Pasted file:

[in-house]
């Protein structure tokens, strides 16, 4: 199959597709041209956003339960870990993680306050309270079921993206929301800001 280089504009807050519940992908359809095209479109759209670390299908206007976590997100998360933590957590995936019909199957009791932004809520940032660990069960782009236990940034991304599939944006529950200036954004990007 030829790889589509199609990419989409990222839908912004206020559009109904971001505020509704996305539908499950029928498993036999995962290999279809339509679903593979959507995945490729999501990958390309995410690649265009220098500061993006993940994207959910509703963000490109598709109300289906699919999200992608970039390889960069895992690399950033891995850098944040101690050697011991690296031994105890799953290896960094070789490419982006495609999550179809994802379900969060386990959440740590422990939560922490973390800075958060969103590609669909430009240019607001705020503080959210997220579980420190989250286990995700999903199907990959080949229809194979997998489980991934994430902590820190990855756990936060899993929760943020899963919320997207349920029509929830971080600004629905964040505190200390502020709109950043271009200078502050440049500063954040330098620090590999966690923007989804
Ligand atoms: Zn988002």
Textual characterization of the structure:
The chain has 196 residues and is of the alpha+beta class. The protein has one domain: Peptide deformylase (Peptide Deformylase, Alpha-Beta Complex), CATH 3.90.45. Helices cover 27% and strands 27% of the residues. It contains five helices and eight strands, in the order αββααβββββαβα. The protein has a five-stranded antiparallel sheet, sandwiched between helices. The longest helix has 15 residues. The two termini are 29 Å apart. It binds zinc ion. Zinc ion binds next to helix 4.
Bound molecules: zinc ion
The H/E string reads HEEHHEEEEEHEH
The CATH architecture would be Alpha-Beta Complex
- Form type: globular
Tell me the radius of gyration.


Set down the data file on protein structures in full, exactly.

[in-house]
């Protein structure tokens, strides 16, 4: 199959597709041209956003339960870990993680306050309270079921993206929301800001 280089504009807050519940992908359809095209479109759209670390299908206007976590997100998360933590957590995936019909199957009791932004809520940032660990069960782009236990940034991304599939944006529950200036954004990007 030829790889589509199609990419989409990222839908912004206020559009109904971001505020509704996305539908499950029928498993036999995962290999279809339509679903593979959507995945490729999501990958390309995410690649265009220098500061993006993940994207959910509703963000490109598709109300289906699919999200992608970039390889960069895992690399950033891995850098944040101690050697011991690296031994105890799953290896960094070789490419982006495609999550179809994802379900969060386990959440740590422990939560922490973390800075958060969103590609669909430009240019607001705020503080959210997220579980420190989250286990995700999903199907990959080949229809194979997998489980991934994430902590820190990855756990936060899993929760943020899963919320997207349920029509929830971080600004629905964040505190200390502020709109950043271009200078502050440049500063954040330098620090590999966690923007989804
Ligand atoms: Zn988002």
Textual characterization of the structure:
The chain has 196 residues and is of the alpha+beta class. The protein has one domain: Peptide deformylase (Peptide Deformylase, Alpha-Beta Complex), CATH 3.90.45. Helices cover 27% and strands 27% of the residues. It contains five helices and eight strands, in the order αββααβββββαβα. The protein has a five-stranded antiparallel sheet, sandwiched between helices. The longest helix has 15 residues. The two termini are 29 Å apart. It binds zinc ion. Zinc ion binds next to helix 4.
Bound molecules: zinc ion
The H/E string reads HEEHHEEEEEHEH
The CATH architecture would be Alpha-Beta Complex
- Form type: globular
Tell me the radius of gyration.